My battle with the polar vortex that froze so much of the country affected even my travel to and from the game. It was 18 hours each way, with canceled flights, lost luggage, snow drifts whipping across the highway at midnight on long, unexpected drives. I shared that experience with thousands (maybe millions?) across the Northeast. Only a few dozen know what it was like on the field. The sports writers who covered the big win in Green Bay described the cold from the warmth of the press box. They're soft. Yeah, I'm talking to you, Lowell Cohn. The tough guys were on the field.

I faced the frozen tundra with four layers of clothing on my lower half and five for my upper body, lined boots, two pairs of socks, the entire stock of hand and foot warmers from REI, a neoprene face mask and a wool beanie on top.

My body would stay warm enough, but the key to shooting a camera was keeping feeling in my fingers. I needed the tip of my right finger to release the shutter and a thumb for activating the focus. Giant ski gloves and mittens filled with warmers weren't going to work.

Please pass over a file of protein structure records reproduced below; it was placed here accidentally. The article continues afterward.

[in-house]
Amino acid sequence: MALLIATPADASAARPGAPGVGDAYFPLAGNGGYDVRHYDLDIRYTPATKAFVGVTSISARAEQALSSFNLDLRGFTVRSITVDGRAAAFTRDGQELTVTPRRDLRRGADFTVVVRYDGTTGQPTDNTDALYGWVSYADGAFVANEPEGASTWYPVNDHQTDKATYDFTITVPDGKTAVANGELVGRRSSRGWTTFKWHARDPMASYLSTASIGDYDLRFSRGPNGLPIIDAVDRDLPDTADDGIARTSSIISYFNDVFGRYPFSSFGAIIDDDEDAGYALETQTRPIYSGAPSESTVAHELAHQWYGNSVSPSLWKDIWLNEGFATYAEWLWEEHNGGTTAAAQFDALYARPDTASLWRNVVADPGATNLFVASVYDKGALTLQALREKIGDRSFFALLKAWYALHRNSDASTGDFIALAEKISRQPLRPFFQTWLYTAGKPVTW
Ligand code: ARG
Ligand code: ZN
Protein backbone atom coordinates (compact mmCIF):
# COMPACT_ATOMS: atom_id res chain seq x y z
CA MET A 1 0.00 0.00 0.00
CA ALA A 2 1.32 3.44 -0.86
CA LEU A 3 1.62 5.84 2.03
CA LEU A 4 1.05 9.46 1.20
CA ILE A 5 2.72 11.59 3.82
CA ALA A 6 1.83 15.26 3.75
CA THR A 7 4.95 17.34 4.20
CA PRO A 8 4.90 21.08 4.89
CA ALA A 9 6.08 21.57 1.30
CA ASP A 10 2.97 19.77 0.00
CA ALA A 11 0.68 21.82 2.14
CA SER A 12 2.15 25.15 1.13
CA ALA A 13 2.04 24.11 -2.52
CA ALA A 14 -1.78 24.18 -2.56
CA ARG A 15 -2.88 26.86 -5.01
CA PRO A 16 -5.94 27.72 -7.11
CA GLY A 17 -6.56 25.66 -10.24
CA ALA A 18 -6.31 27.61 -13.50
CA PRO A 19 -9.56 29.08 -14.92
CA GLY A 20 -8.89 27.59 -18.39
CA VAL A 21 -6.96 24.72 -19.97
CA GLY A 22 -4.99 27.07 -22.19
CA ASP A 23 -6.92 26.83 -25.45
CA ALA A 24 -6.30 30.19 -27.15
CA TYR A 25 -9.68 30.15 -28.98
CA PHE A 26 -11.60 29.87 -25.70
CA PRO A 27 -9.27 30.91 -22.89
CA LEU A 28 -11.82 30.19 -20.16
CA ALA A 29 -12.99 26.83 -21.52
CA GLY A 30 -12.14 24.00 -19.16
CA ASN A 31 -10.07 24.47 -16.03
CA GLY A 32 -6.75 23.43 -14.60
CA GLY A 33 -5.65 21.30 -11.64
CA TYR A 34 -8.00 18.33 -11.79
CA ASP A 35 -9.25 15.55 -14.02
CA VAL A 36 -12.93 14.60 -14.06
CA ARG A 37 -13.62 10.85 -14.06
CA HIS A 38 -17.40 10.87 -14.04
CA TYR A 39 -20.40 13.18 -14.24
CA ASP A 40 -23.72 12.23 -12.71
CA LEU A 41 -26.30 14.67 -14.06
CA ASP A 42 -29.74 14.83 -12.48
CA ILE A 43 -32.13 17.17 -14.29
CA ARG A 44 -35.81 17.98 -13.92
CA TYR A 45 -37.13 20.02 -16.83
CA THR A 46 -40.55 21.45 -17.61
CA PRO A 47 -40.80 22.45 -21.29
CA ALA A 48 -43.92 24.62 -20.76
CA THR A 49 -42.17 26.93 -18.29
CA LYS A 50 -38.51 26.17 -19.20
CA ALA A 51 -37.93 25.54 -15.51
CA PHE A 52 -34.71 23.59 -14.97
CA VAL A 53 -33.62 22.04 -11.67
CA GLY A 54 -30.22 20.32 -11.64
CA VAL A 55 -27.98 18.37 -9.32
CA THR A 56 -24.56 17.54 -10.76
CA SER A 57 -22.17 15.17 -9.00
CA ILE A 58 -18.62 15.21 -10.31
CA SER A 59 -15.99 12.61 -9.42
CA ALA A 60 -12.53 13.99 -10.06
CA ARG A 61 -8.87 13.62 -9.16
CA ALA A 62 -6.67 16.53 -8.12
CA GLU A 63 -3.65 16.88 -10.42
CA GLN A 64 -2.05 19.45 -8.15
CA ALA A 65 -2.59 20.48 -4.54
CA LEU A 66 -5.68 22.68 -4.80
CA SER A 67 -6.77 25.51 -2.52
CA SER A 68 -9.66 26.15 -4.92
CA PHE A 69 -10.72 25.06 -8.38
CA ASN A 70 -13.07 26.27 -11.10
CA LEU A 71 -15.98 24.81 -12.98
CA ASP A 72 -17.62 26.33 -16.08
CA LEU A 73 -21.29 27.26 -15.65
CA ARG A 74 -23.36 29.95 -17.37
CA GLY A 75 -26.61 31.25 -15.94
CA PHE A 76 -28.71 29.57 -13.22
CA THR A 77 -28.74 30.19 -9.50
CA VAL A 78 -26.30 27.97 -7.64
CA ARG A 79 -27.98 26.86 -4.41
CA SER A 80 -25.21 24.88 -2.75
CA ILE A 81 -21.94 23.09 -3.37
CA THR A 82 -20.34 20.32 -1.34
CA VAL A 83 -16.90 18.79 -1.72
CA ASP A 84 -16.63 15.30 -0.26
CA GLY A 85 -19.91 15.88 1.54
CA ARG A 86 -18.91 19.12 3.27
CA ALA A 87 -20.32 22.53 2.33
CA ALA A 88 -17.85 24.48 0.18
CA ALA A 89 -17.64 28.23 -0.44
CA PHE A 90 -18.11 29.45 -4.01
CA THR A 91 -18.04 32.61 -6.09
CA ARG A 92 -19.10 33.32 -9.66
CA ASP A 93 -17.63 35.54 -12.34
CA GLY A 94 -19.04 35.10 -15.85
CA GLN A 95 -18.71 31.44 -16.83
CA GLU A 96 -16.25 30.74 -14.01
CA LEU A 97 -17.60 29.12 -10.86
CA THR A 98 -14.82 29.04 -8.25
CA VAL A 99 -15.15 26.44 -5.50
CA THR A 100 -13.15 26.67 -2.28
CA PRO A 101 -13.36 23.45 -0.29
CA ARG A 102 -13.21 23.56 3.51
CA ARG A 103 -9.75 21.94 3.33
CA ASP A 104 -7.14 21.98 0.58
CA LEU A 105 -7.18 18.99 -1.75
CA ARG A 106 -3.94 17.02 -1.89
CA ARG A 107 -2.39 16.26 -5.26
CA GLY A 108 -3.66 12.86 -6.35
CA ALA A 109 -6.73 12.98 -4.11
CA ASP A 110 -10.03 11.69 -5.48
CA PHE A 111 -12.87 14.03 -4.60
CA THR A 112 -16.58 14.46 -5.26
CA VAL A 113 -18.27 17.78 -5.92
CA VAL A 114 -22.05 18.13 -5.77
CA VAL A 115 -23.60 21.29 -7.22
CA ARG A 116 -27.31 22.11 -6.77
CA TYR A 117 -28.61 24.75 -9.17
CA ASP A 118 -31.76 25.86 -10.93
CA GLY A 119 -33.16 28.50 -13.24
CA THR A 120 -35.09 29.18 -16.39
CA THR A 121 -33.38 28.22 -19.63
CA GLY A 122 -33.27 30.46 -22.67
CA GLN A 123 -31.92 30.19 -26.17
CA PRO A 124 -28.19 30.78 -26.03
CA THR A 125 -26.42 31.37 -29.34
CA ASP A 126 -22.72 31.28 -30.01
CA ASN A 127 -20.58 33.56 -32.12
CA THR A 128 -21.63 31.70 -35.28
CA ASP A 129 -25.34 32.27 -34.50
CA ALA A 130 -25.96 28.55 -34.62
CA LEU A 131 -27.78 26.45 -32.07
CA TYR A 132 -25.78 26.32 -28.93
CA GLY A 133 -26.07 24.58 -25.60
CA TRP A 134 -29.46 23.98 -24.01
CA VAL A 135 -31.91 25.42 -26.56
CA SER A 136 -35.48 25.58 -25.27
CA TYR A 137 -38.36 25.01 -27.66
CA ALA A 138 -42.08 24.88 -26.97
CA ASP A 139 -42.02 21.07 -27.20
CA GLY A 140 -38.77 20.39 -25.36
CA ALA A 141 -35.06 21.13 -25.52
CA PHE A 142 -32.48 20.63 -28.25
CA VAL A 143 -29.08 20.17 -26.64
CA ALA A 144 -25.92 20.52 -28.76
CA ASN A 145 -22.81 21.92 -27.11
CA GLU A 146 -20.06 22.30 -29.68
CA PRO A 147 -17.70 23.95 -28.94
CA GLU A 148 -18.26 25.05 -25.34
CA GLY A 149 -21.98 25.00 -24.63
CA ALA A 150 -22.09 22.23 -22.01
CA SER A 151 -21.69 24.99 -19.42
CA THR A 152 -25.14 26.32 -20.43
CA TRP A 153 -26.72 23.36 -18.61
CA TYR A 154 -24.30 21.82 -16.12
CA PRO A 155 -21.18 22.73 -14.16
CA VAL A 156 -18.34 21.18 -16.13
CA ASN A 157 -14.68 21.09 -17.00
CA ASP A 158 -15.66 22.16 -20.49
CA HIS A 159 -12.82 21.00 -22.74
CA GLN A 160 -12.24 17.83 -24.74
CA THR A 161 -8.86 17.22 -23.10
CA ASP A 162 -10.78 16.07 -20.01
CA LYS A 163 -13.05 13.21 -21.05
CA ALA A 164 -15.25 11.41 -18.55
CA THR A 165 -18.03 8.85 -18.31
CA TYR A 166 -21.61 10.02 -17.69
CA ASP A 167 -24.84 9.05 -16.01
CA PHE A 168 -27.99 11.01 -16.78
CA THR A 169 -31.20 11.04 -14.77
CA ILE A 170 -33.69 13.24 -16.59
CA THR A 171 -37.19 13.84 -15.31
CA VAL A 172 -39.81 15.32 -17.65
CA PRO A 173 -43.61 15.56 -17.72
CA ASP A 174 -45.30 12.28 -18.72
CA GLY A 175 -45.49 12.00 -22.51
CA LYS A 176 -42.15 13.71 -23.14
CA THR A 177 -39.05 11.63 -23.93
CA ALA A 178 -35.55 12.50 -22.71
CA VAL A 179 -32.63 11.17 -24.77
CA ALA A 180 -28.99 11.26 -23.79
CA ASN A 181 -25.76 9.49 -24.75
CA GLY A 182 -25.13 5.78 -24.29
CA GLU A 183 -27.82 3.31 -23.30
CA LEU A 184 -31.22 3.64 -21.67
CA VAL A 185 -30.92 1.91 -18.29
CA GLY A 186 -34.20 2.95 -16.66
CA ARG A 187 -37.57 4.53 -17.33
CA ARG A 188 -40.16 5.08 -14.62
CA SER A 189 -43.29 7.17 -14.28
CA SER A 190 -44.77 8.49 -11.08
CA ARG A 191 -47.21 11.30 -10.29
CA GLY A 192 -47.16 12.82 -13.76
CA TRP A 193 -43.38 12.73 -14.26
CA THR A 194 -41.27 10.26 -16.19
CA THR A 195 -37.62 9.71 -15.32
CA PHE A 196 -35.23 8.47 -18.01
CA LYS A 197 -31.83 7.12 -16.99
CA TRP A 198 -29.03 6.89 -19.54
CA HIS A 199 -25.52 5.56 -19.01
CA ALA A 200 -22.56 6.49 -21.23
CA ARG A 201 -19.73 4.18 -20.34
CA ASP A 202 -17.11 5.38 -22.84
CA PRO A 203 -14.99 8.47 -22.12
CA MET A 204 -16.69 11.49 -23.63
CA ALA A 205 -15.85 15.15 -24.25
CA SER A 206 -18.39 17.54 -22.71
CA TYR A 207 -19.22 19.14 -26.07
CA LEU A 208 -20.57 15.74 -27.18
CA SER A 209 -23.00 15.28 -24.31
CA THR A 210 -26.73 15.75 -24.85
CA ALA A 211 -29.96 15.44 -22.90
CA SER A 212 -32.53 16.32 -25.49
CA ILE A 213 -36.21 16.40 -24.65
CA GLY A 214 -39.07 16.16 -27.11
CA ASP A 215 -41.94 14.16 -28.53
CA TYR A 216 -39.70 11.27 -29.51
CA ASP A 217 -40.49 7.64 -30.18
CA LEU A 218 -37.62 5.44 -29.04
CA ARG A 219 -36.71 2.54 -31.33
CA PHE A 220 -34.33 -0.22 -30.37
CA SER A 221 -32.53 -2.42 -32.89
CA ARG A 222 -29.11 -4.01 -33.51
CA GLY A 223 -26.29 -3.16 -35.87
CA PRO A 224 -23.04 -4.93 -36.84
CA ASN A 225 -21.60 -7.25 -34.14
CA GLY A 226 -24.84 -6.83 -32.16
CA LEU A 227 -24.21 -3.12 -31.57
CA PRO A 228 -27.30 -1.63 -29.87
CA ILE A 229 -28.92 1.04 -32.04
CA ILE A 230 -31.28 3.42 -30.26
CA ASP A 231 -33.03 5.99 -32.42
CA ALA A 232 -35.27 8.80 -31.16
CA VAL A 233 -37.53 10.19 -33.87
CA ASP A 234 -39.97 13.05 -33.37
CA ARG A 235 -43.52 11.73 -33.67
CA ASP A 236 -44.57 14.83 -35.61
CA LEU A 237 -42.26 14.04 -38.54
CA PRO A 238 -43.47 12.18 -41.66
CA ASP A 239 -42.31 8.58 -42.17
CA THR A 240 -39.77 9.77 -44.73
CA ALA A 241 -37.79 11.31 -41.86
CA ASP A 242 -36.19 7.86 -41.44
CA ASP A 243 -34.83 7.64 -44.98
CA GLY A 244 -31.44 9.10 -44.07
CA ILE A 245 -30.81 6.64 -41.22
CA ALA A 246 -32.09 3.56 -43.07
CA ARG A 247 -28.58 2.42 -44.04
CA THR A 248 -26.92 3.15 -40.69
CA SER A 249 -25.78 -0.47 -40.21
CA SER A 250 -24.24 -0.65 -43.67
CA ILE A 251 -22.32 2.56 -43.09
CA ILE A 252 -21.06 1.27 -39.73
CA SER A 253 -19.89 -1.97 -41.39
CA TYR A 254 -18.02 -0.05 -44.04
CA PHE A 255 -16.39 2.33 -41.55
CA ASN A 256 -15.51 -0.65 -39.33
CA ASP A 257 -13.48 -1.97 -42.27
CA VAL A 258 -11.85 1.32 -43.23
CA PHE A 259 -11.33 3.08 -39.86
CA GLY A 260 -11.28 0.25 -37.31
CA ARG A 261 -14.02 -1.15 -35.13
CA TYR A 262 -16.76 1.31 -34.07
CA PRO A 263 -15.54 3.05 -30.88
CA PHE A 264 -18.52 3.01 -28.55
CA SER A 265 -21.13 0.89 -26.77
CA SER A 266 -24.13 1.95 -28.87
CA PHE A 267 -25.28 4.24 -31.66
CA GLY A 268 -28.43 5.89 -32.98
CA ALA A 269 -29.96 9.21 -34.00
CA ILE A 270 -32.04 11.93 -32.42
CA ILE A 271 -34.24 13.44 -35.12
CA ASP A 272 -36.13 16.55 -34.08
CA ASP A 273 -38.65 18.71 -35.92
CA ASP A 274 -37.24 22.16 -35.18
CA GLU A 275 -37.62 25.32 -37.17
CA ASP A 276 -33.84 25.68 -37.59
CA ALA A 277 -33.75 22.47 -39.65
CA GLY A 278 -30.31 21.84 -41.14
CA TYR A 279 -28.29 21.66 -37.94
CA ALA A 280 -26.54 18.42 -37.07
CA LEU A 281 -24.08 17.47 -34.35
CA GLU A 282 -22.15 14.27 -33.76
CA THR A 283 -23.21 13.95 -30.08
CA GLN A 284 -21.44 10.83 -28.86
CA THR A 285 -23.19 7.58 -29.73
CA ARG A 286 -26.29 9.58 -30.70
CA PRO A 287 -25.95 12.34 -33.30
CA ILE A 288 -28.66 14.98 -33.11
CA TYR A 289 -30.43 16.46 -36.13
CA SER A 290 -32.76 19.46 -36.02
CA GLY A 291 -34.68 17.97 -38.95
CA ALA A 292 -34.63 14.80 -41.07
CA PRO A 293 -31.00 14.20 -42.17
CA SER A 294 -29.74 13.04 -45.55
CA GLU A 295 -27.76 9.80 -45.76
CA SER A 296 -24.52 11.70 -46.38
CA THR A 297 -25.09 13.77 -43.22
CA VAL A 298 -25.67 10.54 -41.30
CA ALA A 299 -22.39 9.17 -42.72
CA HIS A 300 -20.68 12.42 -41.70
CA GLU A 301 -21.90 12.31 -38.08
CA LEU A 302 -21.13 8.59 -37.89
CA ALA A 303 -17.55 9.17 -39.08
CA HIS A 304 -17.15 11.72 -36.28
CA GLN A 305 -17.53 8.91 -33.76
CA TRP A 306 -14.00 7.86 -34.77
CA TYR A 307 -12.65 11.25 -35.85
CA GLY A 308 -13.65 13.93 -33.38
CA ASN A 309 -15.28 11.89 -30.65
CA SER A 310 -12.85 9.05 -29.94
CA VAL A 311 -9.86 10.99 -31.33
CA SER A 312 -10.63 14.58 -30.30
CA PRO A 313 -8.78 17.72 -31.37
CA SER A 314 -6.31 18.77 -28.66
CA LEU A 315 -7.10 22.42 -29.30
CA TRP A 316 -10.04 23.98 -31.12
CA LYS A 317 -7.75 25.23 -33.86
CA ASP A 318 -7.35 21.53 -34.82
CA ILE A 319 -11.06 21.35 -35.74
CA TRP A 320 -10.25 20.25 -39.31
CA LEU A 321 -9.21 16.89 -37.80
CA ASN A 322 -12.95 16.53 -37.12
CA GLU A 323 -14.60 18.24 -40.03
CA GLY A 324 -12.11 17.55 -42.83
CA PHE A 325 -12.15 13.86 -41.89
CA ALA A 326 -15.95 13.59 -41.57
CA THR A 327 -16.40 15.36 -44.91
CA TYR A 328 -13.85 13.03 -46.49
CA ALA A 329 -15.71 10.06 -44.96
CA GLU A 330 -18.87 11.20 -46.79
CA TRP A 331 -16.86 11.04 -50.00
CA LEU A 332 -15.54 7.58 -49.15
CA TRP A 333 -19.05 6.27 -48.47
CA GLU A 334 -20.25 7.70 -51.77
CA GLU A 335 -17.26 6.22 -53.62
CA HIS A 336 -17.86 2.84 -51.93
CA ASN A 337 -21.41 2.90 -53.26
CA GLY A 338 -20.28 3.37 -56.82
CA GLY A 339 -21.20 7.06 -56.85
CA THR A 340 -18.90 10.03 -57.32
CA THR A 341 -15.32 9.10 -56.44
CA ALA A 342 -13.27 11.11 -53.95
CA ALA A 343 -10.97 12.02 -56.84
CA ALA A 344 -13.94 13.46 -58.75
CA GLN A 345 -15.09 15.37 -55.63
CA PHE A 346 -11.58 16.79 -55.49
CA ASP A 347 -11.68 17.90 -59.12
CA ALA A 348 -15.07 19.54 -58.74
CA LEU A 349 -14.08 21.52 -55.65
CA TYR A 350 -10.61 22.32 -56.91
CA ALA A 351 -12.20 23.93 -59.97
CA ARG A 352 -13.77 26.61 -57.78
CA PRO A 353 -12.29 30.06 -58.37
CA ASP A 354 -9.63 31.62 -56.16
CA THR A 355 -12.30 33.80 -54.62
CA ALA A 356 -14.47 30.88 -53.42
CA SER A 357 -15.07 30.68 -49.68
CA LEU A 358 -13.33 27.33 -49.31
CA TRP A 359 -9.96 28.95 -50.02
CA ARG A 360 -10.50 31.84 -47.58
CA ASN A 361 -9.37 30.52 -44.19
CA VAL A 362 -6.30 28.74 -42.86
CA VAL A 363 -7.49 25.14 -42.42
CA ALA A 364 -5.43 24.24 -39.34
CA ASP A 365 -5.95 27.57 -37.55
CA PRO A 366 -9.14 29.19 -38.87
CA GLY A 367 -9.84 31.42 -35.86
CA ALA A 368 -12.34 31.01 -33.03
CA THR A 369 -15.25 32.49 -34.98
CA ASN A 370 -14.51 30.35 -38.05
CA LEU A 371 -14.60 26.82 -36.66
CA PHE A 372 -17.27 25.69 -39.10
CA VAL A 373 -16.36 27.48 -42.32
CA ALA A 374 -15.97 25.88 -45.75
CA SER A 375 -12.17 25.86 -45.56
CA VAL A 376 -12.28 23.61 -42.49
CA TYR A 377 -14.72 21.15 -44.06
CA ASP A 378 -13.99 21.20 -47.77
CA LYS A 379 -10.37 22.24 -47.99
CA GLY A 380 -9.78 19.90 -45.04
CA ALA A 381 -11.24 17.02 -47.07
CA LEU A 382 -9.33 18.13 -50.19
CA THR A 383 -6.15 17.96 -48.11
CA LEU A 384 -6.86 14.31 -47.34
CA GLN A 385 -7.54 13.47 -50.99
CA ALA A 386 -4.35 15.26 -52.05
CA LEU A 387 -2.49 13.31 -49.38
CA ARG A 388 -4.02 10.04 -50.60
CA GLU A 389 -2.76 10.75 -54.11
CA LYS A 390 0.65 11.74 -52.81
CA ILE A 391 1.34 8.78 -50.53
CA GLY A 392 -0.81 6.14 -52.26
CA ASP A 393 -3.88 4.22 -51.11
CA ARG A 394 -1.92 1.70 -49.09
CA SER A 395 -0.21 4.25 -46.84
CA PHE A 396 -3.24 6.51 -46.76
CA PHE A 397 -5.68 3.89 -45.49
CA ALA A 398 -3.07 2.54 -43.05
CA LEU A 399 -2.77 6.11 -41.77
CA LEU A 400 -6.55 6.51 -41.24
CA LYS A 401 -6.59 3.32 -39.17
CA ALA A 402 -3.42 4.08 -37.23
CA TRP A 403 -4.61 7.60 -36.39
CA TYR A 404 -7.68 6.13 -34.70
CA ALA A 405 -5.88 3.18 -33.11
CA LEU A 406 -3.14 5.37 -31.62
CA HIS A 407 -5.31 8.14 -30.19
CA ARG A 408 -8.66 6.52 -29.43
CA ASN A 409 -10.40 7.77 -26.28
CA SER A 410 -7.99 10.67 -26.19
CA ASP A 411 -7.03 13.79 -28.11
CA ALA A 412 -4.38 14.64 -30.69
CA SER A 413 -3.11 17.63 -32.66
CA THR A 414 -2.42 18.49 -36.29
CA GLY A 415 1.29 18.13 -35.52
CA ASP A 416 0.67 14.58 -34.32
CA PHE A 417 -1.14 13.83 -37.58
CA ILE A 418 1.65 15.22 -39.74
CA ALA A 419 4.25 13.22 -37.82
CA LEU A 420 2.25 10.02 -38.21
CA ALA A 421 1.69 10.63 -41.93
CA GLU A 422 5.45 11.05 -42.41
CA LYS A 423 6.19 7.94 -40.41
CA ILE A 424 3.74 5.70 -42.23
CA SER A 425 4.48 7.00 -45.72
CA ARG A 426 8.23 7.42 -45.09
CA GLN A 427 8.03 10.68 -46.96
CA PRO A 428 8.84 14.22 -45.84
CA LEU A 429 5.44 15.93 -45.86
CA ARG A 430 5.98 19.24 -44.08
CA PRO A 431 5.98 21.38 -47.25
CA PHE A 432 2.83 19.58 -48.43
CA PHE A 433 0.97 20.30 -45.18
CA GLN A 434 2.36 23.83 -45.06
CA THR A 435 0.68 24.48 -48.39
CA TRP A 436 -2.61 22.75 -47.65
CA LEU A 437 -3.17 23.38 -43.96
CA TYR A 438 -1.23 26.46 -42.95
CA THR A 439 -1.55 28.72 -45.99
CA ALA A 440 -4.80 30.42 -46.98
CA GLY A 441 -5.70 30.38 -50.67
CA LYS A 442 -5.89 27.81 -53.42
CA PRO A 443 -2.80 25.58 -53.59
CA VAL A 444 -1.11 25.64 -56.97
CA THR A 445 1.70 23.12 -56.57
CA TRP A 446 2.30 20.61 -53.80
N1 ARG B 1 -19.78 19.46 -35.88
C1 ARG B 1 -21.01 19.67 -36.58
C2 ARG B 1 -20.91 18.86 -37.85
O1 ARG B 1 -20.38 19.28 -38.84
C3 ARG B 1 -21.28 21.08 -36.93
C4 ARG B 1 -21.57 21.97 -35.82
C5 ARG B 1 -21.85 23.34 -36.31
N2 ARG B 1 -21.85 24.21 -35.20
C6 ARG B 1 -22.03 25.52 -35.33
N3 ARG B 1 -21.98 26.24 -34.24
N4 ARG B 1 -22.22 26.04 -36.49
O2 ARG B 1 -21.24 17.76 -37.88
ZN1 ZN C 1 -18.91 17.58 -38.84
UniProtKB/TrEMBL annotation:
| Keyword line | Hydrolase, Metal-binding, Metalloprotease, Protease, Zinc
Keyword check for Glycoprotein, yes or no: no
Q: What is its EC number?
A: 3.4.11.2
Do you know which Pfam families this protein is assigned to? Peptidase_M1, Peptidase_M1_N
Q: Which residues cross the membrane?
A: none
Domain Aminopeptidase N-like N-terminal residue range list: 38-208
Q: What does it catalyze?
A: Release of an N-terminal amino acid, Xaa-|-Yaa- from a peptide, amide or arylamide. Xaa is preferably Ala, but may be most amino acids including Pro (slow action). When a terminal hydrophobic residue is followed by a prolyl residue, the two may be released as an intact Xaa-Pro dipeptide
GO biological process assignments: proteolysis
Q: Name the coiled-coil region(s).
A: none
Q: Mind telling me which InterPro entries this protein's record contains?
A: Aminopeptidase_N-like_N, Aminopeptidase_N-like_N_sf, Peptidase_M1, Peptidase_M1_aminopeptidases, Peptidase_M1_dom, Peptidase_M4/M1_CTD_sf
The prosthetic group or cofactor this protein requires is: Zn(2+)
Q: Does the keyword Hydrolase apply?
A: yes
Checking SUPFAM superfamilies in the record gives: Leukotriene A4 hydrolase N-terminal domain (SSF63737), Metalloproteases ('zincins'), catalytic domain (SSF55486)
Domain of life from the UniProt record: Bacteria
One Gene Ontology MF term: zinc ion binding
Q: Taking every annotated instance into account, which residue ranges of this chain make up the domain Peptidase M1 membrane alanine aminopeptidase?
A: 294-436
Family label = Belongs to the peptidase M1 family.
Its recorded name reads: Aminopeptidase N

A few hours before the game, 49ers players came out to warm up, an ironic term given the circumstances. The tough ones, like Colin Kaepernick and Patrick Willis, wore sleeveless T-shirts. I was not sleeveless, and my one pair of weatherproof gloves left my fingertips numb and stinging in 10 minutes.

I imagined blackened frostbit tips, so I wiggled a second pair of gloves over my hands. My fingers would be warm enough, but I could not feel if I was touching the camera buttons.